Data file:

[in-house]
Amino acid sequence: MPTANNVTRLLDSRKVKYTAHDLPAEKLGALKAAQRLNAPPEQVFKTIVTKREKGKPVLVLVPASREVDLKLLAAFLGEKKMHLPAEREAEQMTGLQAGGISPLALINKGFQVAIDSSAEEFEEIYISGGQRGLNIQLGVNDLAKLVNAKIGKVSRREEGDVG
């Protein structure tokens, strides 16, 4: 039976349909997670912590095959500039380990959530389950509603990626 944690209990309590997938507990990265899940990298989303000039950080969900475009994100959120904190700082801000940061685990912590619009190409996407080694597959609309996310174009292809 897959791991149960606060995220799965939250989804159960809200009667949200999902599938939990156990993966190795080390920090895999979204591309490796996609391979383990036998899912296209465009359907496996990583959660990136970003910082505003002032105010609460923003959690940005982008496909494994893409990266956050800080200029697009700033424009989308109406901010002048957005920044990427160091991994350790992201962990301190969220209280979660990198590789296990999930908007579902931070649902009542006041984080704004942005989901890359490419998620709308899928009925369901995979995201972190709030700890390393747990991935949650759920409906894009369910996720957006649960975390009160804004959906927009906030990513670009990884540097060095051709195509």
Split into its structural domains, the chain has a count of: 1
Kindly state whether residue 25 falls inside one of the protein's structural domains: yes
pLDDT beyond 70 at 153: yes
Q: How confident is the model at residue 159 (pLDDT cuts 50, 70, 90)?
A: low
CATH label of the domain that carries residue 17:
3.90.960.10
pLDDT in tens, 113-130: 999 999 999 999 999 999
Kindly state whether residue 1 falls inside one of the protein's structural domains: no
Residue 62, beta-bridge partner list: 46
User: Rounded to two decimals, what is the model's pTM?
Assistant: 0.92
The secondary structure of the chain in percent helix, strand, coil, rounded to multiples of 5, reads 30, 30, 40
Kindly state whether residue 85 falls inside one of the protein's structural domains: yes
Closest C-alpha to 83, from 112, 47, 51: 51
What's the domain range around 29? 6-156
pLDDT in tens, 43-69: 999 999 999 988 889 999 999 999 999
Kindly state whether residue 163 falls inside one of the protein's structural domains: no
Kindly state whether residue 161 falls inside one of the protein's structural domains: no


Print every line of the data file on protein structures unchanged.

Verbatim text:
[in-house]
Amino acid sequence: MPTANNVTRLLDSRKVKYTAHDLPAEKLGALKAAQRLNAPPEQVFKTIVTKREKGKPVLVLVPASREVDLKLLAAFLGEKKMHLPAEREAEQMTGLQAGGISPLALINKGFQVAIDSSAEEFEEIYISGGQRGLNIQLGVNDLAKLVNAKIGKVSRREEGDVG
């Protein structure tokens, strides 16, 4: 039976349909997670912590095959500039380990959530389950509603990626 944690209990309590997938507990990265899940990298989303000039950080969900475009994100959120904190700082801000940061685990912590619009190409996407080694597959609309996310174009292809 897959791991149960606060995220799965939250989804159960809200009667949200999902599938939990156990993966190795080390920090895999979204591309490796996609391979383990036998899912296209465009359907496996990583959660990136970003910082505003002032105010609460923003959690940005982008496909494994893409990266956050800080200029697009700033424009989308109406901010002048957005920044990427160091991994350790992201962990301190969220209280979660990198590789296990999930908007579902931070649902009542006041984080704004942005989901890359490419998620709308899928009925369901995979995201972190709030700890390393747990991935949650759920409906894009369910996720957006649960975390009160804004959906927009906030990513670009990884540097060095051709195509």
Split into its structural domains, the chain has a count of: 1
Kindly state whether residue 25 falls inside one of the protein's structural domains: yes
pLDDT beyond 70 at 153: yes
Q: How confident is the model at residue 159 (pLDDT cuts 50, 70, 90)?
A: low
CATH label of the domain that carries residue 17:
3.90.960.10
pLDDT in tens, 113-130: 999 999 999 999 999 999
Kindly state whether residue 1 falls inside one of the protein's structural domains: no
Residue 62, beta-bridge partner list: 46
User: Rounded to two decimals, what is the model's pTM?
Assistant: 0.92
The secondary structure of the chain in percent helix, strand, coil, rounded to multiples of 5, reads 30, 30, 40
Kindly state whether residue 85 falls inside one of the protein's structural domains: yes
Closest C-alpha to 83, from 112, 47, 51: 51
What's the domain range around 29? 6-156
pLDDT in tens, 43-69: 999 999 999 988 889 999 999 999 999
Kindly state whether residue 163 falls inside one of the protein's structural domains: no
Kindly state whether residue 161 falls inside one of the protein's structural domains: no